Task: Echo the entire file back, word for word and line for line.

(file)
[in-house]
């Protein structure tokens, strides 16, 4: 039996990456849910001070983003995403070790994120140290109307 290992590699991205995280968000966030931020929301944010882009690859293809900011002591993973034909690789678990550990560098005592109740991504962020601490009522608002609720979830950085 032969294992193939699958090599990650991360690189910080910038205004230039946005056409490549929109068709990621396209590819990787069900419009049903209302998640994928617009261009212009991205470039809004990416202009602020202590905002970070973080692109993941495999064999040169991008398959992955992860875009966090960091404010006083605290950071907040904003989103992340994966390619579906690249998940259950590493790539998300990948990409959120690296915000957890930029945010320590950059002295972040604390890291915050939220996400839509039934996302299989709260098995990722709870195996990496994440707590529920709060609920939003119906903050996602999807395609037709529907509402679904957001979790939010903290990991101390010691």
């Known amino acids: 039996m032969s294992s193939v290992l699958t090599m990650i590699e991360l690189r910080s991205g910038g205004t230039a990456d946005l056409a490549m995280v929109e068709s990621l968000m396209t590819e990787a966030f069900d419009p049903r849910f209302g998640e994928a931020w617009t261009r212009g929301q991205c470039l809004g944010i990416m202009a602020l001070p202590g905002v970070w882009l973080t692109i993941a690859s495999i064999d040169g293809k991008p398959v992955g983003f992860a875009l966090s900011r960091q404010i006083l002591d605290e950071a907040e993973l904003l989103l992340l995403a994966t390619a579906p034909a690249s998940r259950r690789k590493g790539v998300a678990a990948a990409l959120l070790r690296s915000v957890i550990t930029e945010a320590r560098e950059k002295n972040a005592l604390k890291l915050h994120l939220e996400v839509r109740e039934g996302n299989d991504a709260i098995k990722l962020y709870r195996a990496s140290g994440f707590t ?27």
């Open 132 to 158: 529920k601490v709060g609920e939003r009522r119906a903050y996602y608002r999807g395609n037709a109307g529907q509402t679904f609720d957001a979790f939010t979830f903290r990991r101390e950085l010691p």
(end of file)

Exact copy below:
[in-house]
């Protein structure tokens, strides 16, 4: 039996990456849910001070983003995403070790994120140290109307 290992590699991205995280968000966030931020929301944010882009690859293809900011002591993973034909690789678990550990560098005592109740991504962020601490009522608002609720979830950085 032969294992193939699958090599990650991360690189910080910038205004230039946005056409490549929109068709990621396209590819990787069900419009049903209302998640994928617009261009212009991205470039809004990416202009602020202590905002970070973080692109993941495999064999040169991008398959992955992860875009966090960091404010006083605290950071907040904003989103992340994966390619579906690249998940259950590493790539998300990948990409959120690296915000957890930029945010320590950059002295972040604390890291915050939220996400839509039934996302299989709260098995990722709870195996990496994440707590529920709060609920939003119906903050996602999807395609037709529907509402679904957001979790939010903290990991101390010691």
């Known amino acids: 039996m032969s294992s193939v290992l699958t090599m990650i590699e991360l690189r910080s991205g910038g205004t230039a990456d946005l056409a490549m995280v929109e068709s990621l968000m396209t590819e990787a966030f069900d419009p049903r849910f209302g998640e994928a931020w617009t261009r212009g929301q991205c470039l809004g944010i990416m202009a602020l001070p202590g905002v970070w882009l973080t692109i993941a690859s495999i064999d040169g293809k991008p398959v992955g983003f992860a875009l966090s900011r960091q404010i006083l002591d605290e950071a907040e993973l904003l989103l992340l995403a994966t390619a579906p034909a690249s998940r259950r690789k590493g790539v998300a678990a990948a990409l959120l070790r690296s915000v957890i550990t930029e945010a320590r560098e950059k002295n972040a005592l604390k890291l915050h994120l939220e996400v839509r109740e039934g996302n299989d991504a709260i098995k990722l962020y709870r195996a990496s140290g994440f707590t ?27």
């Open 132 to 158: 529920k601490v709060g609920e939003r009522r119906a903050y996602y608002r999807g395609n037709a109307g529907q509402t679904f609720d957001a979790f939010t979830f903290r990991r101390e950085l010691p």